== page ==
When football’s glitterati led by Fédération Internationale de Football Association (FIFA) president Joseph S. Blatter and other big names in the world’s most popular sport arrive on November 30 to grace the 60th anniversary of the founding of the Asian Football Confederation (AFC), it is only fitting that all have come “home” to celebrate once more.
Formed on May, 8, 1954, 12 countries – Afghanistan, Burma (now Myanmar), Chinese Taipei, Hong Kong, India, Indonesia, Japan, Pakistan, the Philippines, Singapore, South Korea and Vietnam – first met in Manila to discuss the formation of football’s governing body in Asia. Forty-four days later, on June 21, FIFA sanctioned the newly christened Asian Football Confederation.
The AFC’s founding actually precedes the official founding of UEFA (Union of European Football Associations) by a month and a half, making it the oldest governing football body outside FIFA.
Sixty years later, the AFC returns to the city of its birthplace of Manila. Then, as it is now, the Philippines is one of Asia’s brightest and fastest growing countries not only in terms of its economy but also in football. To underscore its growth, the Philippines’ national team is the top-ranked national side in Southeast Asia. The United Football League is one of the more popular sports competitions in the country, even as the country’s own governing body, the Philippine Football Federation, is gearing up for its first true national league competition in about two years time.
And from the original 12 nations, the AFC, with its regional home base now in Kuala Lumpur, Malaysia, has grown by leaps and bounds as it now counts 46 member associations and one associate member divided into the Asean (Association of Southeast Asian Nations), East, Central and South, and West regions.
Twelve of its member nations are ranked in the Top 100 of FIFA’s Men’s Rankings. As of October 2014, at least 96 of its sons are playing in pitches all over Europe. Japan’s Shinji Kagawa (Borussia Dortmund), South Korea’s Son Heung-Min (Bayer Leverkusen), China’s Wang Shang-Yuan (Brugge), and Syria’s Ahmad Kalasi (Sarajevo) among the many who are carrying the torch for the AFC and the Asian footballer.
Japan currently leads Asia with the most number of football exports with 40. South Korea is next with 11 players; Uzbekistan is third with nine footballers playing in the old continent.
In Europe’s premier club football tournament, the UEFA Champions League, five Asian players are registered for the group stages. That includes Kagawa, Heung-Min, Schalke 04’s Atsuto Uchida, Basel’s Yoichiro Kakitani, and Sporting Lisbon’s Junya Tanaka.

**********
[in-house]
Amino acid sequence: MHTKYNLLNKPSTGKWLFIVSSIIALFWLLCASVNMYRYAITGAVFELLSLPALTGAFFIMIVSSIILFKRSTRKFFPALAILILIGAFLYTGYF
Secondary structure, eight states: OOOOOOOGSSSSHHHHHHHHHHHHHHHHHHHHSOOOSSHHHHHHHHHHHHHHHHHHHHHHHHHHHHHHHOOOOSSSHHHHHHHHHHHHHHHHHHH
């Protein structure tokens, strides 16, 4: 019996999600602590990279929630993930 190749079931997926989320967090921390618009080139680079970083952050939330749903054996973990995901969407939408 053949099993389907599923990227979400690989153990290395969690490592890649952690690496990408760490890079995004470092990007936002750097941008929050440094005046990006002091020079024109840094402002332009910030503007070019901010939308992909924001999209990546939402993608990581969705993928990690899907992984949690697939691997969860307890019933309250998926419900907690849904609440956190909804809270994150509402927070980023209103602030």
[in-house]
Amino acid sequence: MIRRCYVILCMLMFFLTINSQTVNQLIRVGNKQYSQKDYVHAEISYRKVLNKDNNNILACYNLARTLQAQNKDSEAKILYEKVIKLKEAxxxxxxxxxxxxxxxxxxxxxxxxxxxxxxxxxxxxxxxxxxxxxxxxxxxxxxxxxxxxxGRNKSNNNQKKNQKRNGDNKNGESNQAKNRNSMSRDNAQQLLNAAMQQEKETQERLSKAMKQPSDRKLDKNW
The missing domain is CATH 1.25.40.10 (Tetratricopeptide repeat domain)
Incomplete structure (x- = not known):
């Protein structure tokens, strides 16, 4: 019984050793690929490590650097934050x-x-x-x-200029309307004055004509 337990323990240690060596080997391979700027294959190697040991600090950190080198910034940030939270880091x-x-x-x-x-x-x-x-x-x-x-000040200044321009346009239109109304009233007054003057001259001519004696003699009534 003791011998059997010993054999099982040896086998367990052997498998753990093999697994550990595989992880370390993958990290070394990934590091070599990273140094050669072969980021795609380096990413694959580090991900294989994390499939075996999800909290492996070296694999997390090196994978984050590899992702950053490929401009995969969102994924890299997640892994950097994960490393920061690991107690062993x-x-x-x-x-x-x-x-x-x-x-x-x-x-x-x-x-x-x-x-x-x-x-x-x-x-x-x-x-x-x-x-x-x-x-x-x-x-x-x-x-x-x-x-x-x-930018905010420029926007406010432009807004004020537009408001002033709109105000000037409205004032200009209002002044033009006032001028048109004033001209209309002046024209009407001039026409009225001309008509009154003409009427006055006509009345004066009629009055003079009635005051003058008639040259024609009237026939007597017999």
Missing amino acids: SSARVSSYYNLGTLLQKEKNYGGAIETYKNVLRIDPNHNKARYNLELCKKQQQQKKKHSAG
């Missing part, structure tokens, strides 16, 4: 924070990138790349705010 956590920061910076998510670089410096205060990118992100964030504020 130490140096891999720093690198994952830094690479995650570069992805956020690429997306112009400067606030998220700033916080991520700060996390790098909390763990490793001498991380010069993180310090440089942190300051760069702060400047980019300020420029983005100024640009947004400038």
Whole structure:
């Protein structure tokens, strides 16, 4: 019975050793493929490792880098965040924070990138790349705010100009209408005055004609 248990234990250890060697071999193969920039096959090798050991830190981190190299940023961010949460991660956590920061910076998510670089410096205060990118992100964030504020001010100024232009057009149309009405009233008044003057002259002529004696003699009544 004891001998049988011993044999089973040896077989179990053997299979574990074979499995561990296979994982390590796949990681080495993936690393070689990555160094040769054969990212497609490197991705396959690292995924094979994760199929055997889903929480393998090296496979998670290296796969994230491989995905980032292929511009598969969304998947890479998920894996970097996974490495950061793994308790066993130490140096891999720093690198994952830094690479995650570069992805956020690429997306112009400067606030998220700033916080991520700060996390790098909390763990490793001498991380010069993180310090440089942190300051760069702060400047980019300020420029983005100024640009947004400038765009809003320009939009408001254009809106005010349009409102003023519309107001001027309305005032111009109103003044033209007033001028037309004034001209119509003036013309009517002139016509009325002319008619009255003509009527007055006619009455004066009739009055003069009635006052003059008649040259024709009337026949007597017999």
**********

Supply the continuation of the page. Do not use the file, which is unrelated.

Despite the poor showing in the recent World Cup in Brazil, Asian football is still poised for greater things and achievements given the vast improvements and development in every level from grassroots to professional clubs to national teams. Programs have likewise been introduced to further professionalize administrative officials as well as match officials. All these will ensure that future generations of Asians will benefit from top-notch training and programs.
After Qatar’s historic successful bid to host the World Cup in 2022, the AFC, under the present leadership of Sheikh Salman bin Ebrahim Al Khalifa, is aggressively pushing for another slot for Asian teams in football’s showcase event.
Speaking of the World Cup, the AFC is also looking at expanding its World Cup Qualifying Tournament where member countries will be given a chance to host more home matches and to provide more quality tournaments.
Considering that the Asia is the world’s most populous continent, the potential for growth is still largely untapped. And Sheikh Salman recognizes that fact and believes that the AFC should have a stronger voice in world football.
“We are always looking at ways to increase our standing globally,” said Sheikh Salman. “Having an extra spot in the World Cup will help us massively in that regards but of course, the spot must be earned. And we will strive hard to earn it.”
The AFC has come up with more initiatives to provide better infrastructure, training, funding, opportunities, and expertise to its member associations while creating a watchdog and ethics committee to combat corruption.
“There is need for all-around development in Asia is crucial,” summed up Sheikh Salman.
It is widely expected for Asian football to aim for greater heights when Qatar hosts the 2022 World Cup.
Disclaimer: The views in this blog are those of the blogger and do not necessarily reflect the views of ABS-CBN Corp.